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Thailand meets its emissions target as richer nations fail

The Thaiger & The Nation

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Thailand meets its emissions target as richer nations fail | The Thaiger

by Pratch Rukivanarom

“Emissions in Thailand have also been higher this year, with the energy sector having released 196.5 tonnes of CO2 in the first nine months of this year, marking a 0.98 per cent increase compared to the same period last year,.”

The emissions of greenhouse gases has been rising for two years in a row, reversing efforts based on the Paris Agreement to control the rise in global temperatures and avert the impacts of climate change.

As world leaders gather at the UN Climate Change Conference (COP24) in Katowice, Poland, to find solutions, the International Energy Agency (IEA) has released a preliminary outlook for this year’s energy-related greenhouse gas emissions.

It worryingly indicates that there has been a 0.5 per cent rise in global carbon dioxide (CO2) emissions this year compared to previous years.

The IEA report points out that energy-related CO2 emissions from wealthy countries in North America, Europe and Asia-Pacific regions has grown this year due to a higher consumption of oil and natural gas.

“Our data shows that despite a strong growth in solar and wind energy, emissions have started to rise again in advanced economies, highlighting the need for deploying technologies for energy efficiency,” Fatih Birol, IEA’s executive director, said.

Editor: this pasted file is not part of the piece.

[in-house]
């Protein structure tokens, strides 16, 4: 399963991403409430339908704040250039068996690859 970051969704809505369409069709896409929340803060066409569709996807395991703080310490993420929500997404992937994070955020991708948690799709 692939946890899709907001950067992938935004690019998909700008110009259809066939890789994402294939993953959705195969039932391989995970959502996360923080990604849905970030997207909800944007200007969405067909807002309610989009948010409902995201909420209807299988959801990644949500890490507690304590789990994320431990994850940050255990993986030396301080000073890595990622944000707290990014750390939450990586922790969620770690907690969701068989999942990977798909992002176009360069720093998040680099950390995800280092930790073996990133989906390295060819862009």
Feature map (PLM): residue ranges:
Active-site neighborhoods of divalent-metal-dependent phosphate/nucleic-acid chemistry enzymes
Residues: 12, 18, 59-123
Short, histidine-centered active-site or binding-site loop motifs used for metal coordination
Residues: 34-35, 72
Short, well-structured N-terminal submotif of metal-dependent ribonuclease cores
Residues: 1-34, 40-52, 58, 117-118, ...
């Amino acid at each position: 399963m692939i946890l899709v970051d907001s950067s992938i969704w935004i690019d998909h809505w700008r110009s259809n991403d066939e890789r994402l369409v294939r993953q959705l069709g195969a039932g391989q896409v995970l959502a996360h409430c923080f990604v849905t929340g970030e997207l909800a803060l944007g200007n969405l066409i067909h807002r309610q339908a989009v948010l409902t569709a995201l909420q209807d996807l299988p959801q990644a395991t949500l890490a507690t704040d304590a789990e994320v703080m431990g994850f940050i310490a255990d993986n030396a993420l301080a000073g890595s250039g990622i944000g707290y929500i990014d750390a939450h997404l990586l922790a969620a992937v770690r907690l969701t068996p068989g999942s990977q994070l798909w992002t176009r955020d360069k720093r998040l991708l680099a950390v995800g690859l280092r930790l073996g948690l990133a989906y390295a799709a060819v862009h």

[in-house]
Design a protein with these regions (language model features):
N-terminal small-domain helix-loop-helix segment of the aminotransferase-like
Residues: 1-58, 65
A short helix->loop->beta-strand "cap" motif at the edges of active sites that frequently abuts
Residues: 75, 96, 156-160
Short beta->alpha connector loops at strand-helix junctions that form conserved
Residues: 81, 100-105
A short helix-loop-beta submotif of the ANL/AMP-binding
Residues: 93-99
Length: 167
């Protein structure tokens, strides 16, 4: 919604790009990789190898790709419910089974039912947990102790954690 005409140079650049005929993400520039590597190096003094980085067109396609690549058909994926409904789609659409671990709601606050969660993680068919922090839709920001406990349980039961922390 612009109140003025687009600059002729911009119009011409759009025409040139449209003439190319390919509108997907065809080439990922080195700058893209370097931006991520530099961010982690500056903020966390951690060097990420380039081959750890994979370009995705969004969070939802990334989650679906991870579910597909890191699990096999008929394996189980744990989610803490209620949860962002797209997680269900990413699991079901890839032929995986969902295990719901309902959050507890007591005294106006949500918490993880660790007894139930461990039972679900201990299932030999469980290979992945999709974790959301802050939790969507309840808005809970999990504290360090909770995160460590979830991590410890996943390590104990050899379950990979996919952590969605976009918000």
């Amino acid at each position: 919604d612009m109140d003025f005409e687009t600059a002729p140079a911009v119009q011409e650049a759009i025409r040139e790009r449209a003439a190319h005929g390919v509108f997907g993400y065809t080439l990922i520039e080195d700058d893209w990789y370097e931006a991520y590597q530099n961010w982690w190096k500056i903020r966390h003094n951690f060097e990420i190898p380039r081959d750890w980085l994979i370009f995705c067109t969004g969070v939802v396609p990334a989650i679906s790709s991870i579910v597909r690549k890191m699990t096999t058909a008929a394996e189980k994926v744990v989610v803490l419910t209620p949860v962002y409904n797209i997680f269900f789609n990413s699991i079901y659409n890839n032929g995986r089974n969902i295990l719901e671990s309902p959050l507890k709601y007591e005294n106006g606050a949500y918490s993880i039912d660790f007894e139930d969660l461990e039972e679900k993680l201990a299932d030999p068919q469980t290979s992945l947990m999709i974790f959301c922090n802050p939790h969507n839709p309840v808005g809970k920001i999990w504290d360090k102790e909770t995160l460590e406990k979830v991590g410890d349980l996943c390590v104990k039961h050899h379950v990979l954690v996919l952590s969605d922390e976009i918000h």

“This turnaround should be another warning to governments as they meet in Katowice this week. Increased efforts are needed to encourage more renewables, greater energy efficiency, more nuclear and more innovation for technologies such as carbon capture, utilisation and storage and hydrogen, for instance.”

Emissions in Thailand have also been higher this year, with the energy sector having released 196.5 tonnes of CO2 in the first nine months of this year, marking a 0.98 per cent increase compared to the same period last year, the Energy Policy and Planning Office (EPPO) said.

However, EPPO said that even though the power-generation sector is the largest CO2 producer, it is the only sector that is releasing a lower amount of greenhouse gases due to an increase in renewable energy, though the emission trend in other sectors is rising.

Meanwhile, Raweewon Bhuridej, secretary-general of the Natural Resources and Environmental Policy and Planning Office, said this increase in emissions will not affect Thailand’s Intended Nationally Determined Contributions (INDCs). Thailand has pledged to lower its greenhouse gas emissions by 20 to 25 per cent by 2030 from the estimated emission rate in a business-as-usual (BAU) scenario.

“Since Thailand is a developing country, we do not have to lower our emission rate as significantly as wealthy nations, who ought to cut down their net CO2 emission rate every year,” Raweewon said.

She added that Thailand has already performed well as per standards set for developing countries. In 2016, Thailand successfully cut its emissions by 45.72 million tonnes of CO2 equivalent, which is approximately 12 per cent below the estimated rate in a BAU scenario.